The article then raises the question of how this would affect the work force shortage. Let me go on record as saying that the work force shortage in the US is primarily caused by the work conditions and pay rates in MT, which have been impacted by outsourcing offshore. It simply isn’t an attractive career for people with the education level and intelligence required to do it. IF the pay rates and work conditions improved, it’s my opinion that there wouldn’t be a work force shortage in the US
Woodrow explained that service organizations are already operating under tight budgets and having MTs pay for their own credentials also seems like a difficult choice, as maintaining the credential can be pricey.
OK, so why are budgets and operating margins so tight? Because nobody has the guts to just come out and say “we need to charge more for this service – you simply can’t get what you want at that price.” Instead, the ambiguous line game continues to play out and outsourcing companies engage in cutthroat competition, apparently willing to bleed right along with everyone else. Would healthcare facilities be willing to pay more? Ten years ago, when Diskriter was performing benchmarking of what it costs per line to maintain a medical transcriptionist as an employee, the cost per line was 30 cents. So why are MTSOs undercutting to less than half that? If it can be demonstrated that employees cost 30 cpl, then isn’t 20 or 22 cpl still less expensive? I simply don’t understand the business model that says undercutting has to be drastic in order to be successful – unless the outsourced MT business has also bought into the healthcare model of “we’re not making any money, but we’re making up for it in volume!” In addition to cutthroat pricing, the outsourced services have practically thrown the kitchen sink into the mix as “added value” to the actual transcription, all while charging less and less. And when an MTSO has to provide ever-increasing technology – or offers it to get a leg up on the competition – without actually charging more for the service, guess where the difference gets made up? It has to come from somewhere and as long as MTs are willing to continue working for less and less, that’s where it comes from. Is it any wonder that more and more experienced MTs are walking off the field? This shouldn’t come as a surprise to anyone.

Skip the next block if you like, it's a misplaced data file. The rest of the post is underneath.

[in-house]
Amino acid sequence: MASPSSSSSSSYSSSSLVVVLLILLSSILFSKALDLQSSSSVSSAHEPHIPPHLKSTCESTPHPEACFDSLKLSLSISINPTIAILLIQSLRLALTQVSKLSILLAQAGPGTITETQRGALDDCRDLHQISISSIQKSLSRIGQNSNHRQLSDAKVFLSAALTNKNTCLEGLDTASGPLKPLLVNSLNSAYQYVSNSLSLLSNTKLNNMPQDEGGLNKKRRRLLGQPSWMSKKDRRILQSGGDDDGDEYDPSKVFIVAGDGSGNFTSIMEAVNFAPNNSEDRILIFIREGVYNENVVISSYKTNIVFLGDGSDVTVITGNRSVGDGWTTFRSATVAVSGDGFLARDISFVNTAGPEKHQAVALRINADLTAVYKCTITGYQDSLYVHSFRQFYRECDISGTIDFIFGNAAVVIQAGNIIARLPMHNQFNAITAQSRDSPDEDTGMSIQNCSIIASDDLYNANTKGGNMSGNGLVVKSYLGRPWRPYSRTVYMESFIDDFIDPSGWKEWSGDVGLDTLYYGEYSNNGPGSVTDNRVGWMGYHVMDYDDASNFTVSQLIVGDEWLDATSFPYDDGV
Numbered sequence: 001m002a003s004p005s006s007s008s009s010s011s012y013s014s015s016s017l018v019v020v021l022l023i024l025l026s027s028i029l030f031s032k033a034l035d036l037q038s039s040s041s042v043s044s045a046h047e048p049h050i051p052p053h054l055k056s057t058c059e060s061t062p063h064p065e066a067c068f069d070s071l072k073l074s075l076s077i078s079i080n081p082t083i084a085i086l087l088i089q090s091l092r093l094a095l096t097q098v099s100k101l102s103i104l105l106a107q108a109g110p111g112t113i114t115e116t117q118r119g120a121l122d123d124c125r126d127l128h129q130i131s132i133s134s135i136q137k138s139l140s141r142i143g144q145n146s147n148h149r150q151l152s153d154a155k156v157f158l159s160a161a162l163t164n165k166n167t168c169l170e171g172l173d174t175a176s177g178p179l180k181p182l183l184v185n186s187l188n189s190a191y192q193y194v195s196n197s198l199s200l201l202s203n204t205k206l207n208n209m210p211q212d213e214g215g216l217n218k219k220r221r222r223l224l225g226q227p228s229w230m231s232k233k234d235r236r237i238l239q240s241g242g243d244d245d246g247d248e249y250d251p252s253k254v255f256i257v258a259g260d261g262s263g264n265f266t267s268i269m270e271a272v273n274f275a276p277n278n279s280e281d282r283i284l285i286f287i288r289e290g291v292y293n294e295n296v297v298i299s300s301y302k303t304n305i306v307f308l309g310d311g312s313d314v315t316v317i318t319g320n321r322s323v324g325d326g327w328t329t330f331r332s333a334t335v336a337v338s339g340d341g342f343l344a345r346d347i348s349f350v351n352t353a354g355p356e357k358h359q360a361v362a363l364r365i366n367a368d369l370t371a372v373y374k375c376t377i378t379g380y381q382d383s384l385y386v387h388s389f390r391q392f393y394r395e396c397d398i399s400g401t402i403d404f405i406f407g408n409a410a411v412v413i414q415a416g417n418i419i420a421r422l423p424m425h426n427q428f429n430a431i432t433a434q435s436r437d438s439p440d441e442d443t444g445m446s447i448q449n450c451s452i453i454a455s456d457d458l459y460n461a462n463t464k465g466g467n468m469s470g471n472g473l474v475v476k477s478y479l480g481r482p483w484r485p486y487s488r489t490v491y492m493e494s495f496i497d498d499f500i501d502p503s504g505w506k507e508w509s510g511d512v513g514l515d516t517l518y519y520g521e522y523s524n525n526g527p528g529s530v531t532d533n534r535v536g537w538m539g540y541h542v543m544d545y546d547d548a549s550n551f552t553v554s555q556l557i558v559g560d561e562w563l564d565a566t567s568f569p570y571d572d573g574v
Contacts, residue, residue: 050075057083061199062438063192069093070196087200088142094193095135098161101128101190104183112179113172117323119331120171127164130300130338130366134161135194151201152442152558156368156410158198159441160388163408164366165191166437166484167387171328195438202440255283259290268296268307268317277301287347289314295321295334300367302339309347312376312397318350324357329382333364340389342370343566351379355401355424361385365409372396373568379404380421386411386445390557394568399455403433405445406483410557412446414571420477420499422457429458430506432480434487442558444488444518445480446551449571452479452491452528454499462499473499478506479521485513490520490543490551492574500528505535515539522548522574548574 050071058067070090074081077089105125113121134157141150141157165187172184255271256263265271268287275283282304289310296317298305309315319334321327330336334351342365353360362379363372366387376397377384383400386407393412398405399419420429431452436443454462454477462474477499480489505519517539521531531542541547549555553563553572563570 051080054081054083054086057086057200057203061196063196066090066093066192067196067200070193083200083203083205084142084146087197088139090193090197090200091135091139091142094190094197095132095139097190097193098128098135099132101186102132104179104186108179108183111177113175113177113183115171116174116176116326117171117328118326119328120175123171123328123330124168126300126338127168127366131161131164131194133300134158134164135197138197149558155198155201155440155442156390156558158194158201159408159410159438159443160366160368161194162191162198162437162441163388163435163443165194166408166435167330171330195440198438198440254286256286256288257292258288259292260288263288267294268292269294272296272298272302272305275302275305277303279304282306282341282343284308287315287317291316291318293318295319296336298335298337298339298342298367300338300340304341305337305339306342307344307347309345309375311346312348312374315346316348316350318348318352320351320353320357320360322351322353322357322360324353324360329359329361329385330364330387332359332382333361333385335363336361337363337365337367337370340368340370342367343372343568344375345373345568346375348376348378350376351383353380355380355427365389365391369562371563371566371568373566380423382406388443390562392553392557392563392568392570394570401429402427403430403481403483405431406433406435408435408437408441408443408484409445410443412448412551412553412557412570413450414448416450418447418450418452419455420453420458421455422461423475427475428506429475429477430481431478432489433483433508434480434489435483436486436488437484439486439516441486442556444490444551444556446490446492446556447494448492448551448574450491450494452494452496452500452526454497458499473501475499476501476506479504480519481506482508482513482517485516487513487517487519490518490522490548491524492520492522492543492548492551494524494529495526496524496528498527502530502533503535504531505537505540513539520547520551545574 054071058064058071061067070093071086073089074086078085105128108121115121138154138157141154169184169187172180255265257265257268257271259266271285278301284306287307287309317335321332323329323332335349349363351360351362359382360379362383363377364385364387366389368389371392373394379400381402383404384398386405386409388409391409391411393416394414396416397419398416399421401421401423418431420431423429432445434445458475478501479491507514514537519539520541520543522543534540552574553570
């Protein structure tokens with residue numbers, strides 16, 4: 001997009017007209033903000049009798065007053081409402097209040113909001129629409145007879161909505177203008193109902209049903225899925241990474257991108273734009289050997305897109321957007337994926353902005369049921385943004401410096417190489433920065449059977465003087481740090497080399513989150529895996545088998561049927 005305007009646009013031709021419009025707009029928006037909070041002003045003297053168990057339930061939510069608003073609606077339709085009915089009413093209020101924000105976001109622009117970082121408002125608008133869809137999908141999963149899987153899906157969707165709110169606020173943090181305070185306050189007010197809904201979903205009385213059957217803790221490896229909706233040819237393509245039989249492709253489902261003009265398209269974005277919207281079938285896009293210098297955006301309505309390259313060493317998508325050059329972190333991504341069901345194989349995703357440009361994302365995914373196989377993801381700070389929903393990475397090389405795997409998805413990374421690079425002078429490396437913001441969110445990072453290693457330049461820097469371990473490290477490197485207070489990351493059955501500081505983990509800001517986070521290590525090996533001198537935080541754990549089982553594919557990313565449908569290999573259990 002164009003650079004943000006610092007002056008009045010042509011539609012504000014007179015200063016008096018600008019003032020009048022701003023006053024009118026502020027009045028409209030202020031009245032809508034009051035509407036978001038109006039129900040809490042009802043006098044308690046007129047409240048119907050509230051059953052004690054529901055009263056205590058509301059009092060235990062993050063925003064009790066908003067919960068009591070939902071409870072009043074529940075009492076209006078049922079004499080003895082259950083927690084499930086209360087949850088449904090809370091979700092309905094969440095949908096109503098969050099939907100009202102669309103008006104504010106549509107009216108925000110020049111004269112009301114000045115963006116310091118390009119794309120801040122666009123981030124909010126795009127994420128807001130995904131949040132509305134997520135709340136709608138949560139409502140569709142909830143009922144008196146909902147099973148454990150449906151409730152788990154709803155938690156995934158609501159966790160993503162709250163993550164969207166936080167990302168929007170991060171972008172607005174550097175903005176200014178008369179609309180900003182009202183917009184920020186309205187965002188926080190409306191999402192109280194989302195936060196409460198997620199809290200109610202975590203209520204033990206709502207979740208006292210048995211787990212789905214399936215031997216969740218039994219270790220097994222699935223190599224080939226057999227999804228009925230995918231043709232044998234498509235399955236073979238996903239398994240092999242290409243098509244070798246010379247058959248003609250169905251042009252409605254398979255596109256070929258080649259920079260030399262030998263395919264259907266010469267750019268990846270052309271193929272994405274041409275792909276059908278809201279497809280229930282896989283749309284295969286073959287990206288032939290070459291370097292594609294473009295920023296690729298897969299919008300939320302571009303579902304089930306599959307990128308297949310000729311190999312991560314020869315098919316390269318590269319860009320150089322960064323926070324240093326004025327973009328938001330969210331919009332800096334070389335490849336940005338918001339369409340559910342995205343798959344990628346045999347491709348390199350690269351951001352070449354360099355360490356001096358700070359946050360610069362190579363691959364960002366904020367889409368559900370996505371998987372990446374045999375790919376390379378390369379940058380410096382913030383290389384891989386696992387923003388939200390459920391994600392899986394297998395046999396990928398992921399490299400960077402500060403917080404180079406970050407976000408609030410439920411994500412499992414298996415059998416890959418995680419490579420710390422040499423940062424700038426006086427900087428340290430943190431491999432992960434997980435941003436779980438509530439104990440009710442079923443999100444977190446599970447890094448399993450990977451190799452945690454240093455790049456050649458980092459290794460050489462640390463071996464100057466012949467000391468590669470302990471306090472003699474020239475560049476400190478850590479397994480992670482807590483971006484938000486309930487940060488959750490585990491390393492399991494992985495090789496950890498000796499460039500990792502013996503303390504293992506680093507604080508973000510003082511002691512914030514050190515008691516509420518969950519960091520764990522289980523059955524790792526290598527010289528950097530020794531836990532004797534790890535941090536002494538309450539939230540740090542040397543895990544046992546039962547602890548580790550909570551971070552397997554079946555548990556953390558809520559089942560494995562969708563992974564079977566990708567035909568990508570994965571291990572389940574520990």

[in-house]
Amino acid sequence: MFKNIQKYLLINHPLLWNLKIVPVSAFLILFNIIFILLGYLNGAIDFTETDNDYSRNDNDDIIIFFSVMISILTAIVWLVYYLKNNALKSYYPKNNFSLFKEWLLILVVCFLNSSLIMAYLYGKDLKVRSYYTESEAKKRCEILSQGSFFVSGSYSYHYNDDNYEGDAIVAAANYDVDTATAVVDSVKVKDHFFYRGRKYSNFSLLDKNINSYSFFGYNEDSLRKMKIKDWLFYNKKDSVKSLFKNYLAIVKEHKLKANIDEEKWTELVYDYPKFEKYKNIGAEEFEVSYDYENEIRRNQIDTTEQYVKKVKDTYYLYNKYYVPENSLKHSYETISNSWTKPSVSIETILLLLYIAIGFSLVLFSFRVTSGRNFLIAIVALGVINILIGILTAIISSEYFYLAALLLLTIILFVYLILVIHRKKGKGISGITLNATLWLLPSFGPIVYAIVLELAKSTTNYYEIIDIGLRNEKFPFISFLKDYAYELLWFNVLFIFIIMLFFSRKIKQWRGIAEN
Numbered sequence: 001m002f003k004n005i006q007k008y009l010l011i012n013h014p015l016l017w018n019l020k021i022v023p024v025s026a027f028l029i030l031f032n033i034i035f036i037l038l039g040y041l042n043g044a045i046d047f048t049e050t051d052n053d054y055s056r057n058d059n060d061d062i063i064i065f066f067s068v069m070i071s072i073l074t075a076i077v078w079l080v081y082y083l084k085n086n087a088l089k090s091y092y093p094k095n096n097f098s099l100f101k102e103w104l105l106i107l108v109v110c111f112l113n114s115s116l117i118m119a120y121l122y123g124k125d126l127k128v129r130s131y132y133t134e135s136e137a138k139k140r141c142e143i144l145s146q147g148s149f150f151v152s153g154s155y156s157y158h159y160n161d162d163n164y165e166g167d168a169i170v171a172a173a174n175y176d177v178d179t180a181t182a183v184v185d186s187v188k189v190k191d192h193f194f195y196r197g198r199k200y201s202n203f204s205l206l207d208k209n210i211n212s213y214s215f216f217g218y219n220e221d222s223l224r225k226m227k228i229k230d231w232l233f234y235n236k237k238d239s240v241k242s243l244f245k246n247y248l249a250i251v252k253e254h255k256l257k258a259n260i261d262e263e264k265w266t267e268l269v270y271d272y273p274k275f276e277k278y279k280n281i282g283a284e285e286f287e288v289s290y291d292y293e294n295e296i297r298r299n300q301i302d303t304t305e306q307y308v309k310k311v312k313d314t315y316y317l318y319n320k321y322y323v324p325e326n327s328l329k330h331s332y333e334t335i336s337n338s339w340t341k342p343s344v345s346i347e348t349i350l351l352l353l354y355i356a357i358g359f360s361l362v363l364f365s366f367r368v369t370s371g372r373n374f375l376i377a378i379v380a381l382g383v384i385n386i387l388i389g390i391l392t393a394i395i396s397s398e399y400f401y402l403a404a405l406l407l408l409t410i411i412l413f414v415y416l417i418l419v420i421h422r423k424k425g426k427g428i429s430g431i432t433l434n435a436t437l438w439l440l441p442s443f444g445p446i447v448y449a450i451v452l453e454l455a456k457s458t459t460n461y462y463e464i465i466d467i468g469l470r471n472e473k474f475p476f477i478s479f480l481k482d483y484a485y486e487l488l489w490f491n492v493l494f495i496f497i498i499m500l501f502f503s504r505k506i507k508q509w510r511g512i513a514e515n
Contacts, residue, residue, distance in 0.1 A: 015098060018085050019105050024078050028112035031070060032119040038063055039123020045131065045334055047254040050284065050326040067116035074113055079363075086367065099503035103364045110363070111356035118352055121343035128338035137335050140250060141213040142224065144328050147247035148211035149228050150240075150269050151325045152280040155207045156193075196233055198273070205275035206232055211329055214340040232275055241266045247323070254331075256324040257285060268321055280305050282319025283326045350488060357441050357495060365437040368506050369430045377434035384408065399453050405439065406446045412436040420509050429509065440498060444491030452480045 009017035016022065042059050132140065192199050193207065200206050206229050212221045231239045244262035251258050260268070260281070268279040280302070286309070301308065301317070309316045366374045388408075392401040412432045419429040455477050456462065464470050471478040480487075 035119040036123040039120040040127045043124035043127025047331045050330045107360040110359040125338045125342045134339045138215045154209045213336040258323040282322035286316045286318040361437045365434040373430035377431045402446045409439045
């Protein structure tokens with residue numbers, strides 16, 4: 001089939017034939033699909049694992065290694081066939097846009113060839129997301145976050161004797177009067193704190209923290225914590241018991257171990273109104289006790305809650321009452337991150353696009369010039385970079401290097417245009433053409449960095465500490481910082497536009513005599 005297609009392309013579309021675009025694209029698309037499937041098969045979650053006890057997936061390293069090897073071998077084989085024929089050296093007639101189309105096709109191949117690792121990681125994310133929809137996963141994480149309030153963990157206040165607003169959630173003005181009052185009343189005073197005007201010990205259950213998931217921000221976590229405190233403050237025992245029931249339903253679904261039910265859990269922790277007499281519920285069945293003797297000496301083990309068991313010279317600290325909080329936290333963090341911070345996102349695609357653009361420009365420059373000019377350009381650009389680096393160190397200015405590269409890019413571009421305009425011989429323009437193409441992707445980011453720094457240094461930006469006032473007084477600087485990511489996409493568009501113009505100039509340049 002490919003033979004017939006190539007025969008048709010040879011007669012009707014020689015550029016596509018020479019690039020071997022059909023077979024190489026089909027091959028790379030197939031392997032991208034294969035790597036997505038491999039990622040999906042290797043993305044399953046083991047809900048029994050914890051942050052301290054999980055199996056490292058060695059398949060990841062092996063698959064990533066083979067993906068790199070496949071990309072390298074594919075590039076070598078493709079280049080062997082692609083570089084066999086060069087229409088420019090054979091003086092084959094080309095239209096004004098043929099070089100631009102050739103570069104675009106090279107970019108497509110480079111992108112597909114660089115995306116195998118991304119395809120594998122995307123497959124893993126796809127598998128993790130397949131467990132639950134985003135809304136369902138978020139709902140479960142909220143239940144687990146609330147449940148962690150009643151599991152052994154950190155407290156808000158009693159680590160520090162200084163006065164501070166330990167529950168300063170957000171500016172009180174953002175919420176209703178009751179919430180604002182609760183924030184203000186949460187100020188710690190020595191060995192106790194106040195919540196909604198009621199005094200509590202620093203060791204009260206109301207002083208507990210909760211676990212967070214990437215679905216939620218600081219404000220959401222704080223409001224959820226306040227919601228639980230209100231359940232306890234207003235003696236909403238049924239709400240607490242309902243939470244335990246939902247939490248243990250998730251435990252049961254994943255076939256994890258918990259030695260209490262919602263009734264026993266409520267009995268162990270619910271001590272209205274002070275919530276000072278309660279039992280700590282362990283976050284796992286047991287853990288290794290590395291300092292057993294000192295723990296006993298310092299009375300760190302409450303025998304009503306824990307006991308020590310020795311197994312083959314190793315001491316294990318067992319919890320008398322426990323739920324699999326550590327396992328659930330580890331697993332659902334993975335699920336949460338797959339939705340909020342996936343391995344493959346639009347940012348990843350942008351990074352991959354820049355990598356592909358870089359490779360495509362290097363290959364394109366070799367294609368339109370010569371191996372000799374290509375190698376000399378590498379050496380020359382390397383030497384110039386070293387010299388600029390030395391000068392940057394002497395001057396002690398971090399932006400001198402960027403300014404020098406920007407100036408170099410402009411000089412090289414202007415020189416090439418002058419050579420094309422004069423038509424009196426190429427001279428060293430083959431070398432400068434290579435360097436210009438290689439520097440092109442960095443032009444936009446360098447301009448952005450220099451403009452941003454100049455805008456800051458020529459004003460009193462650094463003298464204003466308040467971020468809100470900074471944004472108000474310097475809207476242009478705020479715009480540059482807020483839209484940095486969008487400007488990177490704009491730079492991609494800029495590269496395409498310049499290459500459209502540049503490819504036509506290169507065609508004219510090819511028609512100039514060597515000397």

I’m not saying it would be easy to find quality MTs here in the US if the pay rates were better or that it would be easy to find outsourced companies doing a better job just because they charge a higher rate than anyone else. Sometimes, all you get is more expensive incompetence. However, the probability of getting better service would be greater and over time, as MTSOs and facilities demanded better performance from MTs in exchange for better pay, there would be more attraction of better candidates overall. In the current environment, there simply is no incentive for US MTs to do a better job than they’re doing. By the same token, there isn’t any incentive for MTs to get an entry-level credential that presents additional costs to them with no subsequent reward.